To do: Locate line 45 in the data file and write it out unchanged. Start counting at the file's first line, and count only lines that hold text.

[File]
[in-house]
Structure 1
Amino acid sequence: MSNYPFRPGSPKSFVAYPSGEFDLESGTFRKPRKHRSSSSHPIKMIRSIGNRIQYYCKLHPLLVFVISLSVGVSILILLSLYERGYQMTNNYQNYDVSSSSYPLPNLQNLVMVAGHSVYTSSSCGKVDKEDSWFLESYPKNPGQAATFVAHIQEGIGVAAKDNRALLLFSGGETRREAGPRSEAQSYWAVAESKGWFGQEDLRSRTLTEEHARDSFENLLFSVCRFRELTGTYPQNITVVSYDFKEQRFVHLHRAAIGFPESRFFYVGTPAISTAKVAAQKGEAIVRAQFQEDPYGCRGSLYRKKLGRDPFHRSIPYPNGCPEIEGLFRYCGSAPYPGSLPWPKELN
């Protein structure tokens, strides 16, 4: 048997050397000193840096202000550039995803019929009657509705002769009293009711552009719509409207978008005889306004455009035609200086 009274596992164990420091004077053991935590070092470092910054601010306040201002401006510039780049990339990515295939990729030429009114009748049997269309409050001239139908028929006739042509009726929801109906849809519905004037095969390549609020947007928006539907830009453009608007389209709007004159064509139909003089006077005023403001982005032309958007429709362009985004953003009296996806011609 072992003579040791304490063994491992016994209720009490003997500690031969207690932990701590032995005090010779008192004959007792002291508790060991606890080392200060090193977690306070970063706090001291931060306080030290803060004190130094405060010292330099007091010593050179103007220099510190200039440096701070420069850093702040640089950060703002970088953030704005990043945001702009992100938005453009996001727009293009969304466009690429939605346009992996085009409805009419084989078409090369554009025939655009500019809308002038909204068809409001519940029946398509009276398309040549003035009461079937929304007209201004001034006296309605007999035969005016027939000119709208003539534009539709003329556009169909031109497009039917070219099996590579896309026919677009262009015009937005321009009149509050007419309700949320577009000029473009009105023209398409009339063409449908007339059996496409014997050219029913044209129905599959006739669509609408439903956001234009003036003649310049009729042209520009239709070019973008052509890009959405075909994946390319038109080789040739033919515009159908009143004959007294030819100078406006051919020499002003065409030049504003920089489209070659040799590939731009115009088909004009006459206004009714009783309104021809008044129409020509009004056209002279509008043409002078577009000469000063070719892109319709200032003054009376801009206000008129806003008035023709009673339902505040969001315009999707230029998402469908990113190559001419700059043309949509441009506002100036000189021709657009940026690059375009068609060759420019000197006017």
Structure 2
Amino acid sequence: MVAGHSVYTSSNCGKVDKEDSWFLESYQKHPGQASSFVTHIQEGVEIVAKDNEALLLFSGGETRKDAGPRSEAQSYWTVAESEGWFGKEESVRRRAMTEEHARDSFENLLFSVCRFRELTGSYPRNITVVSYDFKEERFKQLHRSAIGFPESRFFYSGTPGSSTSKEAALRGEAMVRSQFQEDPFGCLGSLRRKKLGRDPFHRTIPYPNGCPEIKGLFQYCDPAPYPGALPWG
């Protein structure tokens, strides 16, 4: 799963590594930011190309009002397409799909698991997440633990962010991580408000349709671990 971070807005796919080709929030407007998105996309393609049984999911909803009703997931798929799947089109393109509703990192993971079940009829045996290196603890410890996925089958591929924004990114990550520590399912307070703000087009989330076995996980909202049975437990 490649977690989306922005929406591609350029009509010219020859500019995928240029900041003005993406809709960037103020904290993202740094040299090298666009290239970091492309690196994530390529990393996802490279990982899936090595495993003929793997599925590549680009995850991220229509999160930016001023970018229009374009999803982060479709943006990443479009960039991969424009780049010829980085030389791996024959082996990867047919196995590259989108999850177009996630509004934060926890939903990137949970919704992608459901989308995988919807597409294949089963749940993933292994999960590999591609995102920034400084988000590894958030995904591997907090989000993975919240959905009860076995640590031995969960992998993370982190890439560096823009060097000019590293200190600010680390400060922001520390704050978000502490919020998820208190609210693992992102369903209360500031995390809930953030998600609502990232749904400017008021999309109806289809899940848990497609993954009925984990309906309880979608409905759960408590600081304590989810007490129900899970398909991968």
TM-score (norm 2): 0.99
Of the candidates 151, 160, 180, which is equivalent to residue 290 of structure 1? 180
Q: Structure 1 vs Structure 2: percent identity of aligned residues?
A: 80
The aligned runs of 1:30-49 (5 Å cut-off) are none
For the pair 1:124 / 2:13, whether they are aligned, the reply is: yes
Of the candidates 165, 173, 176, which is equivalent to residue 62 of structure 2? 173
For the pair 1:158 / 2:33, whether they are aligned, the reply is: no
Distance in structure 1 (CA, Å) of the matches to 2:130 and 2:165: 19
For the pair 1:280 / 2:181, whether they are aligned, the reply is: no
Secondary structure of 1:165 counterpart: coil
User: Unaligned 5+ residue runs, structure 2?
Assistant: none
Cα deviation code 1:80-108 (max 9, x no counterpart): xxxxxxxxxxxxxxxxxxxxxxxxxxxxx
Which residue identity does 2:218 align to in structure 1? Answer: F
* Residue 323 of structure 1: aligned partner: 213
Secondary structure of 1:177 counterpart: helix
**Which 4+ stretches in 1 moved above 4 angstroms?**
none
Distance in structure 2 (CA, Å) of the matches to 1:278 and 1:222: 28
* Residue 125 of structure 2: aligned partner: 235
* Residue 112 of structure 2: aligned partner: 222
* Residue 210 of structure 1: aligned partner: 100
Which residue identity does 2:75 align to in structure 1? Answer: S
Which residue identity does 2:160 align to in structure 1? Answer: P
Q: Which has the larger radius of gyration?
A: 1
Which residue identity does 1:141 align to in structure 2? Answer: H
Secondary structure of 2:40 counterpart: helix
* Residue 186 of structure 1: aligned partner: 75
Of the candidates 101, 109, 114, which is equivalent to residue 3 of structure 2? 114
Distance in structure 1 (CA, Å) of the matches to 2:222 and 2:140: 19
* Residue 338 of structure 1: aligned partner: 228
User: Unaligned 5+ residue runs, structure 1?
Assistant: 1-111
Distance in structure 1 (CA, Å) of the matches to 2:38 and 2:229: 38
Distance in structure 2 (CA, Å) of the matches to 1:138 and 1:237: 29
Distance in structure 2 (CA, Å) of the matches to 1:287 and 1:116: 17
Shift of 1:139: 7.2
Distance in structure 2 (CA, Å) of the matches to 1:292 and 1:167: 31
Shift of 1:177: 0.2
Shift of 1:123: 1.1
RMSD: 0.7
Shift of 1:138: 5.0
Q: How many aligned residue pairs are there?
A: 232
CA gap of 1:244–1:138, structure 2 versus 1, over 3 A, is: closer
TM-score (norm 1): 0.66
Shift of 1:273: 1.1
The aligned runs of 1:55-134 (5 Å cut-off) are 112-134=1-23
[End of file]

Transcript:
Distance in structure 2 (CA, Å) of the matches to 1:287 and 1:116: 17